We are pleased to announce that Galeria SENDA will be presenting a solo exhibition by Anthony Goicolea (Atlanta, 1971), opening Thursday April 13th at 7pm. This marks Goicolea’s third solo show with the gallery and will feature a selection of his most recent works.
My work is a visceral reaction to a lifetime navigating the coded boundaries that exist between cultures, genders, ages, and traditions.
I paint fictional scenarios through the lens of my personal and family history. Growing up Cuban, gay and Catholic in the Deep South during the early 1970s forged my awareness of social constructs such as regional traditions, rituals, and history, and how those elements play out and define arenas of identity, gender, and place.
I was coming of age in the midst of the Cuban refugee crisis coupled with the advent of the AIDS crises and the rise of the religious right, a confluence of events that remarkably parallels our current cultural and political climate.
My paintings are poignant, cinematic portraits that mix cross-cultural references. I use coded cultural signifiers gleaned from folklore, mythology, religion, and fairytales, in my paintings to draw parallels between past and present.
These works are characterized by a feeling of familiarity and dreamlike otherworldliness. I gravitate towards scenarios that focus on the figure caught in a transitional “in-between state” that defies clear interpretation as a result of conflicting cultural touchstones or signifiers. Many of the figures are painted in a moment of fatigue or ennui. Their acrid colors, androgynous poses, and deadpan stares are rendered in a thick scumble over rough linen to reveal past layers of paint.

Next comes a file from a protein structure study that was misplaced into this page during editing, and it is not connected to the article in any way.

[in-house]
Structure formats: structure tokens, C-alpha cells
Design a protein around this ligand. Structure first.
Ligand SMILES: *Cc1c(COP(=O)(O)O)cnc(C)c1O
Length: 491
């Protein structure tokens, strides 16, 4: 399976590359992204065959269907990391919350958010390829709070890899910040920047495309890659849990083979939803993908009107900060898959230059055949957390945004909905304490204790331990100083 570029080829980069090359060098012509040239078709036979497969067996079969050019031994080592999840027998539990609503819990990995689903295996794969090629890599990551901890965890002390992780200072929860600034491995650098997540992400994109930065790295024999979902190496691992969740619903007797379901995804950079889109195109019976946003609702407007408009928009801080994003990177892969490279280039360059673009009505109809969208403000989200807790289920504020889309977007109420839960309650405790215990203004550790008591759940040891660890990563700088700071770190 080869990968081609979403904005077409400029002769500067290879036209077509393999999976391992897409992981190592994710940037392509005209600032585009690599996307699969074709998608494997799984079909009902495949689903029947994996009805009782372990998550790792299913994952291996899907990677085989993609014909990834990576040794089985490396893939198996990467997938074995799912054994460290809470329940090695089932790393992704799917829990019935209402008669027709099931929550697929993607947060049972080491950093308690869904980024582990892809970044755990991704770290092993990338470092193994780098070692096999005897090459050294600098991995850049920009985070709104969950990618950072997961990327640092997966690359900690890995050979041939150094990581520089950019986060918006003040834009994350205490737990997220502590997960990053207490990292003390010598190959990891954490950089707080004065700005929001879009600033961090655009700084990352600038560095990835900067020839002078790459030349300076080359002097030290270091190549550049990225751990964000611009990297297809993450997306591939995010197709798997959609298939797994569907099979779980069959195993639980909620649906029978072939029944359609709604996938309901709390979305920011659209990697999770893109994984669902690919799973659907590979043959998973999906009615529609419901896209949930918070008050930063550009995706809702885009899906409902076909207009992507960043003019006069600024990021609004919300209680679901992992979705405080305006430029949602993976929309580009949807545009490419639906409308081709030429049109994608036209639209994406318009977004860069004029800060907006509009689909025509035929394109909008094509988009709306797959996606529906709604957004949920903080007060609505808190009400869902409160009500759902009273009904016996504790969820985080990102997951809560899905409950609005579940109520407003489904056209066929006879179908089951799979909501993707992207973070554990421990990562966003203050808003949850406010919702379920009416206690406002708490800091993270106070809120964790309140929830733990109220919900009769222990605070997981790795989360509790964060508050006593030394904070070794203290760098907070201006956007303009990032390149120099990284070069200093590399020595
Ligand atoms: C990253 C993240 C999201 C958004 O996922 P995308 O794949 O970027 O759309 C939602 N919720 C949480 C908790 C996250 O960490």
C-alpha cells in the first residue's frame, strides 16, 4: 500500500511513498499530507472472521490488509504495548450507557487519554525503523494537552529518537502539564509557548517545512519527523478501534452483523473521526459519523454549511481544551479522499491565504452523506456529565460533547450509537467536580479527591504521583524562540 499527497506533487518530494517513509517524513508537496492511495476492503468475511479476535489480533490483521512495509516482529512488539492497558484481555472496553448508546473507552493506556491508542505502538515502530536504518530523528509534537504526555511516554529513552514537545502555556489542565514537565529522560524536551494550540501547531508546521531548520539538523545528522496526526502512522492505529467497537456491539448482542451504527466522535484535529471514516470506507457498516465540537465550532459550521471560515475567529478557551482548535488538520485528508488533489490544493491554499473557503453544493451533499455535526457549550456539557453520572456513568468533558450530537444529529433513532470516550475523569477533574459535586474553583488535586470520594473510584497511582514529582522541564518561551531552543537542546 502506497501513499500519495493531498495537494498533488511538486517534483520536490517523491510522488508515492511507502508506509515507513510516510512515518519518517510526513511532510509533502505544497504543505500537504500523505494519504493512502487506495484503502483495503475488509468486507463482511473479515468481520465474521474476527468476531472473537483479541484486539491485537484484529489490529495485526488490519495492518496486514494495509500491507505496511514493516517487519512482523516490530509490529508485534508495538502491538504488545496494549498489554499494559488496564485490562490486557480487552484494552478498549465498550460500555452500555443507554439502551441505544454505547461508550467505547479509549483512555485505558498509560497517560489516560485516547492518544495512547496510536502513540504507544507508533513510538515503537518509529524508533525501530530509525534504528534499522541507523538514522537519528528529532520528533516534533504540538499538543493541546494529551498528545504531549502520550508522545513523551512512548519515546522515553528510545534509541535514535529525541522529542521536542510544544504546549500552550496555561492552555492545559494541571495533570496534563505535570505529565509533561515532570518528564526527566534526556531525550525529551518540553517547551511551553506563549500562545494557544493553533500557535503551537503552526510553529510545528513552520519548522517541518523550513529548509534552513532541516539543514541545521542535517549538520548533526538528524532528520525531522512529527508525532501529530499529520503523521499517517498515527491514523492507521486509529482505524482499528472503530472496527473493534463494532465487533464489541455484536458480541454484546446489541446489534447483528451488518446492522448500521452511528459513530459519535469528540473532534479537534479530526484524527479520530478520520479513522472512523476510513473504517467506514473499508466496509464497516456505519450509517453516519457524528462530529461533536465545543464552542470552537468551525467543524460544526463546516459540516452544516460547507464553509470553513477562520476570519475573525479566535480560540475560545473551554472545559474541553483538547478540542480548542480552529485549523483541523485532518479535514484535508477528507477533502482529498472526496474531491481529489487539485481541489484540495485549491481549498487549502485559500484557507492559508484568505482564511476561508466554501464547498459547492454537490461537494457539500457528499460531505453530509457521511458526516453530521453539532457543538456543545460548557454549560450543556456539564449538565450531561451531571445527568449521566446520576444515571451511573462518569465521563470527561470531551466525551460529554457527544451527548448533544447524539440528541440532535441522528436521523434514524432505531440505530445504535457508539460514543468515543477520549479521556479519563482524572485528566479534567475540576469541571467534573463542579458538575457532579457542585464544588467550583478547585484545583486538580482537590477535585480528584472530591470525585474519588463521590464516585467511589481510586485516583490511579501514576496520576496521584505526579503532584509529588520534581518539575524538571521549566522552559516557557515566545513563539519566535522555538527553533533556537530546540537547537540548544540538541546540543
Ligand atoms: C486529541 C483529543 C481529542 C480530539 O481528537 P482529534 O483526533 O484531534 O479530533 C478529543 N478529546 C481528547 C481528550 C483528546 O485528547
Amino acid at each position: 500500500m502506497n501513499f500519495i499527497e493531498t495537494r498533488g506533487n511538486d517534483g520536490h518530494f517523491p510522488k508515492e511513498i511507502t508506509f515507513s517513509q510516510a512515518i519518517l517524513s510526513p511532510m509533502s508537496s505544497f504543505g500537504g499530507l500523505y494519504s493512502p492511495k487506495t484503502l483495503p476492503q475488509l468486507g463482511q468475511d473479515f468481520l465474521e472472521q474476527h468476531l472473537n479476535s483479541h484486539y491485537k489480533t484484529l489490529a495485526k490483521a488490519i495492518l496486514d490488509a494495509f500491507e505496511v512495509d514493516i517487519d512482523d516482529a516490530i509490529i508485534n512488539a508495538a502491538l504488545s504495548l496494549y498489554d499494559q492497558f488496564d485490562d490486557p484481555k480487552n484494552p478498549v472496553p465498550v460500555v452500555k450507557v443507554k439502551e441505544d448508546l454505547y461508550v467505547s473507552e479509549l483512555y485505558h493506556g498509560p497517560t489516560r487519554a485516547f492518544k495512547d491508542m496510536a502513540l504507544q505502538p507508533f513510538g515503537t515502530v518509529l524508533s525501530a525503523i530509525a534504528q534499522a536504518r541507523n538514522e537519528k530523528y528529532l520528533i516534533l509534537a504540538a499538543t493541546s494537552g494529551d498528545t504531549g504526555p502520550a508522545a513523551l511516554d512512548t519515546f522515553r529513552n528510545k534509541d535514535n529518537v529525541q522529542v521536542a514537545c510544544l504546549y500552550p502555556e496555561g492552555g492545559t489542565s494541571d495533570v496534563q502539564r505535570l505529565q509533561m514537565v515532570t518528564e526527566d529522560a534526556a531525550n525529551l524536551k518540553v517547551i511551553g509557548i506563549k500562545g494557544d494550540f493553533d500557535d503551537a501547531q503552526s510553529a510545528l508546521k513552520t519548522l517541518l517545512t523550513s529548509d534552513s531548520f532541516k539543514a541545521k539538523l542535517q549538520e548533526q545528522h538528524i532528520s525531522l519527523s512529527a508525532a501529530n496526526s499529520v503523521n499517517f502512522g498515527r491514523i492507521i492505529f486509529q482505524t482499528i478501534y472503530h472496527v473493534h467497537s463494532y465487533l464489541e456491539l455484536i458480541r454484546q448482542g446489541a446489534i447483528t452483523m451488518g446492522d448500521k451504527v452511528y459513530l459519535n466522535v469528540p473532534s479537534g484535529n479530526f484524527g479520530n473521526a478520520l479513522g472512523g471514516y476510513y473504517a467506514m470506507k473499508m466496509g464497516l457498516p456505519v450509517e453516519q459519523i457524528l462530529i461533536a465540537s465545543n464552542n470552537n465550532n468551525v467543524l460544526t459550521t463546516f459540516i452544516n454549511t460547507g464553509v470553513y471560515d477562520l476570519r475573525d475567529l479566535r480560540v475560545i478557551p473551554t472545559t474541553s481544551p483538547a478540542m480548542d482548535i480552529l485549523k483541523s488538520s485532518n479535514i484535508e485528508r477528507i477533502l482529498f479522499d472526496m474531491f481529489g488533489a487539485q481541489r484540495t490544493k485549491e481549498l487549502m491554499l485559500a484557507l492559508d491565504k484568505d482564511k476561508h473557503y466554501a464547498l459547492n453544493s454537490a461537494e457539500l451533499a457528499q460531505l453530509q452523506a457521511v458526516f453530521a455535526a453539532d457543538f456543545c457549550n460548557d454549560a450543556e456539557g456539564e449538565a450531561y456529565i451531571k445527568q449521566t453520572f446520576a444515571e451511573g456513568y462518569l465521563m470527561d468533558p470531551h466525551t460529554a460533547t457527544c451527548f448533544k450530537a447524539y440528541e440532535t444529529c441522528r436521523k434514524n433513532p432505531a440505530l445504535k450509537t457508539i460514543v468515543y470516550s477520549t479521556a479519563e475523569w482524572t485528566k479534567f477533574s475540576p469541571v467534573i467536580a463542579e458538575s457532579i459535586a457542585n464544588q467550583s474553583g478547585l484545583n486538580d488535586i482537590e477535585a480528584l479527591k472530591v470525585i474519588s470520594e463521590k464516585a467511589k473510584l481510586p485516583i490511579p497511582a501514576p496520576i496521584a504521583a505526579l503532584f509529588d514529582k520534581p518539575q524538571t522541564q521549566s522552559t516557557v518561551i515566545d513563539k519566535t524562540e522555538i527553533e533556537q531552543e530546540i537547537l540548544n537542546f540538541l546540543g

The similarities between the advent of AIDS and the Covid-19 pandemic, the refugee crises of the 70’s and current anti-immigration nativism, and the Reagan era culture wars compared to the resurgent right’s religious attack on race, gender, and bodily autonomy have combined to reawaken memories of navigating familiar terrain in my adolescence. My paintings address these murky childhood memories through a cast of fictional character studies. Like jaded actors from another era, the figures in my paintings mirror the past and stare out with an exhausted gaze knowing the parallels of our current situation have set the stage for yet another repeat performance.